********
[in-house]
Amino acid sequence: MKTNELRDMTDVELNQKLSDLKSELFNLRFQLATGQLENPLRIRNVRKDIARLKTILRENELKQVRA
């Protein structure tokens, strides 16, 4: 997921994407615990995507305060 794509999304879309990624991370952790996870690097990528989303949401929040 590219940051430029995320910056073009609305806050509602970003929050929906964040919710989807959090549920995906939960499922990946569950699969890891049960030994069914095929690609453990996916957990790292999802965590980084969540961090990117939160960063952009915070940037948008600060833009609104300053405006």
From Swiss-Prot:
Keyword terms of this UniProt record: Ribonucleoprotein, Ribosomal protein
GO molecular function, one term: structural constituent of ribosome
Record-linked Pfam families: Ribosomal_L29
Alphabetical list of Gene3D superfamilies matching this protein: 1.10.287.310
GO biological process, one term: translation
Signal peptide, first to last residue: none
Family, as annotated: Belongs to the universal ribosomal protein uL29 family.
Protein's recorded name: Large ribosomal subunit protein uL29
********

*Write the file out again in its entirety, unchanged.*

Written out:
[in-house]
Amino acid sequence: MKTNELRDMTDVELNQKLSDLKSELFNLRFQLATGQLENPLRIRNVRKDIARLKTILRENELKQVRA
């Protein structure tokens, strides 16, 4: 997921994407615990995507305060 794509999304879309990624991370952790996870690097990528989303949401929040 590219940051430029995320910056073009609305806050509602970003929050929906964040919710989807959090549920995906939960499922990946569950699969890891049960030994069914095929690609453990996916957990790292999802965590980084969540961090990117939160960063952009915070940037948008600060833009609104300053405006």
From Swiss-Prot:
Keyword terms of this UniProt record: Ribonucleoprotein, Ribosomal protein
GO molecular function, one term: structural constituent of ribosome
Record-linked Pfam families: Ribosomal_L29
Alphabetical list of Gene3D superfamilies matching this protein: 1.10.287.310
GO biological process, one term: translation
Signal peptide, first to last residue: none
Family, as annotated: Belongs to the universal ribosomal protein uL29 family.
Protein's recorded name: Large ribosomal subunit protein uL29